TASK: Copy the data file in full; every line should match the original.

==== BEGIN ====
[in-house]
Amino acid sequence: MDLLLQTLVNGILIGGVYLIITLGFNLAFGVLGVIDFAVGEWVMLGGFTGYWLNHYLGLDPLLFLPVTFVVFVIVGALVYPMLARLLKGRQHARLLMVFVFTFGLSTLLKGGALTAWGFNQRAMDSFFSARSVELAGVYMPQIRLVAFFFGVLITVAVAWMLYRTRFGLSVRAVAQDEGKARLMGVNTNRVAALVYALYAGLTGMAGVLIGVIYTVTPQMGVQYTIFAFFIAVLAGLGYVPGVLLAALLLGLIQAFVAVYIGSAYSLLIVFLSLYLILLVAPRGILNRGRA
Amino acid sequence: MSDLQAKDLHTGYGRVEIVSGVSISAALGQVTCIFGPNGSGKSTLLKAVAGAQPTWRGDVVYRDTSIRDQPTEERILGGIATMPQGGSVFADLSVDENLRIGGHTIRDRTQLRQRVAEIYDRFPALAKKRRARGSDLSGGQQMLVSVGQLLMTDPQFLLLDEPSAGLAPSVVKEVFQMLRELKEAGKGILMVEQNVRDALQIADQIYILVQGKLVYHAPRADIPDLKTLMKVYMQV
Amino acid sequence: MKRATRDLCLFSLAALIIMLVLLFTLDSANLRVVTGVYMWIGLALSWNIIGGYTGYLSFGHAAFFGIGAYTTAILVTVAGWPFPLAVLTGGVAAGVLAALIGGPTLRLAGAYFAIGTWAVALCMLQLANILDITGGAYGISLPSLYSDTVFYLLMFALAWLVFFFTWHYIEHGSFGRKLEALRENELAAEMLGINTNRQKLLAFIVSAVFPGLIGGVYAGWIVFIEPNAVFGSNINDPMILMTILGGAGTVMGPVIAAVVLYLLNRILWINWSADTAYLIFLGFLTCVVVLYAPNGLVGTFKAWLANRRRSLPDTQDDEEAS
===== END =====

[in-house]
Amino acid sequence: MDLLLQTLVNGILIGGVYLIITLGFNLAFGVLGVIDFAVGEWVMLGGFTGYWLNHYLGLDPLLFLPVTFVVFVIVGALVYPMLARLLKGRQHARLLMVFVFTFGLSTLLKGGALTAWGFNQRAMDSFFSARSVELAGVYMPQIRLVAFFFGVLITVAVAWMLYRTRFGLSVRAVAQDEGKARLMGVNTNRVAALVYALYAGLTGMAGVLIGVIYTVTPQMGVQYTIFAFFIAVLAGLGYVPGVLLAALLLGLIQAFVAVYIGSAYSLLIVFLSLYLILLVAPRGILNRGRA
Amino acid sequence: MSDLQAKDLHTGYGRVEIVSGVSISAALGQVTCIFGPNGSGKSTLLKAVAGAQPTWRGDVVYRDTSIRDQPTEERILGGIATMPQGGSVFADLSVDENLRIGGHTIRDRTQLRQRVAEIYDRFPALAKKRRARGSDLSGGQQMLVSVGQLLMTDPQFLLLDEPSAGLAPSVVKEVFQMLRELKEAGKGILMVEQNVRDALQIADQIYILVQGKLVYHAPRADIPDLKTLMKVYMQV
Amino acid sequence: MKRATRDLCLFSLAALIIMLVLLFTLDSANLRVVTGVYMWIGLALSWNIIGGYTGYLSFGHAAFFGIGAYTTAILVTVAGWPFPLAVLTGGVAAGVLAALIGGPTLRLAGAYFAIGTWAVALCMLQLANILDITGGAYGISLPSLYSDTVFYLLMFALAWLVFFFTWHYIEHGSFGRKLEALRENELAAEMLGINTNRQKLLAFIVSAVFPGLIGGVYAGWIVFIEPNAVFGSNINDPMILMTILGGAGTVMGPVIAAVVLYLLNRILWINWSADTAYLIFLGFLTCVVVLYAPNGLVGTFKAWLANRRRSLPDTQDDEEAS